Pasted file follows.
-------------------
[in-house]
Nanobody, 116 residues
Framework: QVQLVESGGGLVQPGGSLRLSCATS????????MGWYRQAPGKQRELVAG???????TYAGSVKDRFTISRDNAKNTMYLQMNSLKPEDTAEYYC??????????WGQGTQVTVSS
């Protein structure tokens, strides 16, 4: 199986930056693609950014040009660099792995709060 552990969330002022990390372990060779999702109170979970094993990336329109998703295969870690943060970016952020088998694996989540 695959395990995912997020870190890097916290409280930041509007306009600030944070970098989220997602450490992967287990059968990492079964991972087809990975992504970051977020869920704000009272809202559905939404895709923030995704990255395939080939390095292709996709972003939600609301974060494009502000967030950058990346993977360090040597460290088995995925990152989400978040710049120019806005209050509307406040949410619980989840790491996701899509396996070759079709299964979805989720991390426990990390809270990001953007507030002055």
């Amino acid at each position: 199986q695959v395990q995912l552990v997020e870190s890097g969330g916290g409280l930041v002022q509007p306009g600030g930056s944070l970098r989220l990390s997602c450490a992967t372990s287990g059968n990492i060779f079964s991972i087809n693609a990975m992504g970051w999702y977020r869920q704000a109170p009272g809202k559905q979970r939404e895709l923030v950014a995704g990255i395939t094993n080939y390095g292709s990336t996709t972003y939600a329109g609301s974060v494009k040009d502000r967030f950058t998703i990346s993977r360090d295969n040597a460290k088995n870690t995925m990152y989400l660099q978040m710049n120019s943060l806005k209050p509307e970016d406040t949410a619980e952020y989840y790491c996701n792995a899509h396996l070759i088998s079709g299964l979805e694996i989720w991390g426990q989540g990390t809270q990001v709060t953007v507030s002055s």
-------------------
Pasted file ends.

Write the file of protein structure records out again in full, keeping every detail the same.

[in-house]
Nanobody, 116 residues
Framework: QVQLVESGGGLVQPGGSLRLSCATS????????MGWYRQAPGKQRELVAG???????TYAGSVKDRFTISRDNAKNTMYLQMNSLKPEDTAEYYC??????????WGQGTQVTVSS
């Protein structure tokens, strides 16, 4: 199986930056693609950014040009660099792995709060 552990969330002022990390372990060779999702109170979970094993990336329109998703295969870690943060970016952020088998694996989540 695959395990995912997020870190890097916290409280930041509007306009600030944070970098989220997602450490992967287990059968990492079964991972087809990975992504970051977020869920704000009272809202559905939404895709923030995704990255395939080939390095292709996709972003939600609301974060494009502000967030950058990346993977360090040597460290088995995925990152989400978040710049120019806005209050509307406040949410619980989840790491996701899509396996070759079709299964979805989720991390426990990390809270990001953007507030002055």
């Amino acid at each position: 199986q695959v395990q995912l552990v997020e870190s890097g969330g916290g409280l930041v002022q509007p306009g600030g930056s944070l970098r989220l990390s997602c450490a992967t372990s287990g059968n990492i060779f079964s991972i087809n693609a990975m992504g970051w999702y977020r869920q704000a109170p009272g809202k559905q979970r939404e895709l923030v950014a995704g990255i395939t094993n080939y390095g292709s990336t996709t972003y939600a329109g609301s974060v494009k040009d502000r967030f950058t998703i990346s993977r360090d295969n040597a460290k088995n870690t995925m990152y989400l660099q978040m710049n120019s943060l806005k209050p509307e970016d406040t949410a619980e952020y989840y790491c996701n792995a899509h396996l070759i088998s079709g299964l979805e694996i989720w991390g426990q989540g990390t809270q990001v709060t953007v507030s002055s």